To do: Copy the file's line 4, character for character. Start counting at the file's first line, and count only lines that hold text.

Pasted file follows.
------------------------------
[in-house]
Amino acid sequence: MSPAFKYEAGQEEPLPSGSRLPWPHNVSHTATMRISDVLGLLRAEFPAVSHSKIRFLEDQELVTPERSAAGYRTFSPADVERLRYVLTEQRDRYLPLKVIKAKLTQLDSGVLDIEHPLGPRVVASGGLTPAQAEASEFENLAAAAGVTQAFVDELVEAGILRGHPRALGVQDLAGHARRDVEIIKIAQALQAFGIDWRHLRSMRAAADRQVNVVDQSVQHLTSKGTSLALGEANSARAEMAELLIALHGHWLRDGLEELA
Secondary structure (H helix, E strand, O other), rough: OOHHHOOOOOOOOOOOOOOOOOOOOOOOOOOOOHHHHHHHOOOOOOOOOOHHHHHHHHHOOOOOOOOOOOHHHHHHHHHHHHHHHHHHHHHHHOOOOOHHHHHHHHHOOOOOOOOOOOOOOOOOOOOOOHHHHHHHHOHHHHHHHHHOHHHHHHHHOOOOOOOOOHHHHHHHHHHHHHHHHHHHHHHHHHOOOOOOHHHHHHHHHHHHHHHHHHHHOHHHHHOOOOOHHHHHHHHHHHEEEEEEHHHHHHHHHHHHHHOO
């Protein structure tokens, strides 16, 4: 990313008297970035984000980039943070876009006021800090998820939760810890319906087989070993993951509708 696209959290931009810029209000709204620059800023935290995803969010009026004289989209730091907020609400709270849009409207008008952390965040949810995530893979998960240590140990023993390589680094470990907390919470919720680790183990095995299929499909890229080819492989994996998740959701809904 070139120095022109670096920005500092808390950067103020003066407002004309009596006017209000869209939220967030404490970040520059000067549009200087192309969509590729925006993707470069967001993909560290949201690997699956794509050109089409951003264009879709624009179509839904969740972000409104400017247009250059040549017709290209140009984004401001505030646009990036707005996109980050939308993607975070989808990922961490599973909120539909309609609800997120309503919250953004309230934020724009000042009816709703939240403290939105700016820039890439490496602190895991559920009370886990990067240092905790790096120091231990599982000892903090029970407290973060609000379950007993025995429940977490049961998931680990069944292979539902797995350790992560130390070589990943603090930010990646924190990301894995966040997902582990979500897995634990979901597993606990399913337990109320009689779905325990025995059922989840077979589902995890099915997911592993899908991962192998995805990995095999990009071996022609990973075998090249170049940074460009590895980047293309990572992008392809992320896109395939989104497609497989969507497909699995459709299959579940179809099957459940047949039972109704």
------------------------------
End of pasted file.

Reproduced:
């Protein structure tokens, strides 16, 4: 990313008297970035984000980039943070876009006021800090998820939760810890319906087989070993993951509708 696209959290931009810029209000709204620059800023935290995803969010009026004289989209730091907020609400709270849009409207008008952390965040949810995530893979998960240590140990023993390589680094470990907390919470919720680790183990095995299929499909890229080819492989994996998740959701809904 070139120095022109670096920005500092808390950067103020003066407002004309009596006017209000869209939220967030404490970040520059000067549009200087192309969509590729925006993707470069967001993909560290949201690997699956794509050109089409951003264009879709624009179509839904969740972000409104400017247009250059040549017709290209140009984004401001505030646009990036707005996109980050939308993607975070989808990922961490599973909120539909309609609800997120309503919250953004309230934020724009000042009816709703939240403290939105700016820039890439490496602190895991559920009370886990990067240092905790790096120091231990599982000892903090029970407290973060609000379950007993025995429940977490049961998931680990069944292979539902797995350790992560130390070589990943603090930010990646924190990301894995966040997902582990979500897995634990979901597993606990399913337990109320009689779905325990025995059922989840077979589902995890099915997911592993899908991962192998995805990995095999990009071996022609990973075998090249170049940074460009590895980047293309990572992008392809992320896109395939989104497609497989969507497909699995459709299959579940179809099957459940047949039972109704």